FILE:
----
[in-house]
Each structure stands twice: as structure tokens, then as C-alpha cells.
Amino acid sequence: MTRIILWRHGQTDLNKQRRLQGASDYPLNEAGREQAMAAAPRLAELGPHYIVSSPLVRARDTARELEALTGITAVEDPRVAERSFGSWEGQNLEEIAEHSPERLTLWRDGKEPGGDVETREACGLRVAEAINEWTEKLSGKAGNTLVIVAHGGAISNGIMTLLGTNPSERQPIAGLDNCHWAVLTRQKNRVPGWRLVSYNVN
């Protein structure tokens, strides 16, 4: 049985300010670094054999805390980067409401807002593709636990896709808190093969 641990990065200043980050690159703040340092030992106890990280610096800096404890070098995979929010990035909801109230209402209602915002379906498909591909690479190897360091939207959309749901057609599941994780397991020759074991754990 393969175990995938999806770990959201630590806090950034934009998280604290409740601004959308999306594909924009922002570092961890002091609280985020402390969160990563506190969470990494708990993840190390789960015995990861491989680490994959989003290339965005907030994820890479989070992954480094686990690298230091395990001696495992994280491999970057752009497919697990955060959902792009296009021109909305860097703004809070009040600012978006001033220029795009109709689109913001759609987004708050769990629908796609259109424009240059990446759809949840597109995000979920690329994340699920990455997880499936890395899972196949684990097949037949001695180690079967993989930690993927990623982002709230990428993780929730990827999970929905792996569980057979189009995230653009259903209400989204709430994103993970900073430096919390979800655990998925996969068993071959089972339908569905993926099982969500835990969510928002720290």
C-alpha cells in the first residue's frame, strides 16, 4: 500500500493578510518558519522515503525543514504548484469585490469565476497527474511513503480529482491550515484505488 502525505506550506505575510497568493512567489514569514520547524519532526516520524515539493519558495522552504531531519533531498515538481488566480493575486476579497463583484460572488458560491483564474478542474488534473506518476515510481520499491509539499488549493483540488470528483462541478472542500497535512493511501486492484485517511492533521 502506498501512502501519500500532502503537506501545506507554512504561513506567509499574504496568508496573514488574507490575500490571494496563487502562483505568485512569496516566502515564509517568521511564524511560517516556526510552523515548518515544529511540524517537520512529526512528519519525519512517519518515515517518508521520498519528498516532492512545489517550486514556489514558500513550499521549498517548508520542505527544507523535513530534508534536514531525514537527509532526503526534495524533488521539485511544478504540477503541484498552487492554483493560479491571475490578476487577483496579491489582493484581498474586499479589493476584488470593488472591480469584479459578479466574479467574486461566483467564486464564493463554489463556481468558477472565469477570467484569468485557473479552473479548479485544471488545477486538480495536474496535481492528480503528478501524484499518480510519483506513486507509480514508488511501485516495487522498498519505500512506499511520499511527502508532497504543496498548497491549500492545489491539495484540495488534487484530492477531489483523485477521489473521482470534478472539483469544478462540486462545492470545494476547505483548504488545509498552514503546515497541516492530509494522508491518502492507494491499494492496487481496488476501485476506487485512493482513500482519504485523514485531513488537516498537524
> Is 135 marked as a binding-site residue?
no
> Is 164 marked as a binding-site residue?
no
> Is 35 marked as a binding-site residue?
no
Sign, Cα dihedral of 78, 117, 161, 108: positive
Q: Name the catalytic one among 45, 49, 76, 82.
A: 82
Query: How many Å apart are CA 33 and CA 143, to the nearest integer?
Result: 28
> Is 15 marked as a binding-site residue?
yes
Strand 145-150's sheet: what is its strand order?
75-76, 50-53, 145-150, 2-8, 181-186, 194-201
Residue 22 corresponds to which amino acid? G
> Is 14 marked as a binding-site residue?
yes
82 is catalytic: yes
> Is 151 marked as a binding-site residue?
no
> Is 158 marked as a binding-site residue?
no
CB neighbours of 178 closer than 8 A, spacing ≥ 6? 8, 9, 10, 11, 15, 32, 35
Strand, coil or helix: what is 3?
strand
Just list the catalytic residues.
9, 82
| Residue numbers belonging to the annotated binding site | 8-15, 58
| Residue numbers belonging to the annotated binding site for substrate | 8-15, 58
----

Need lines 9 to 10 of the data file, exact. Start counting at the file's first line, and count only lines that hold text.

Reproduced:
no
> Is 35 marked as a binding-site residue?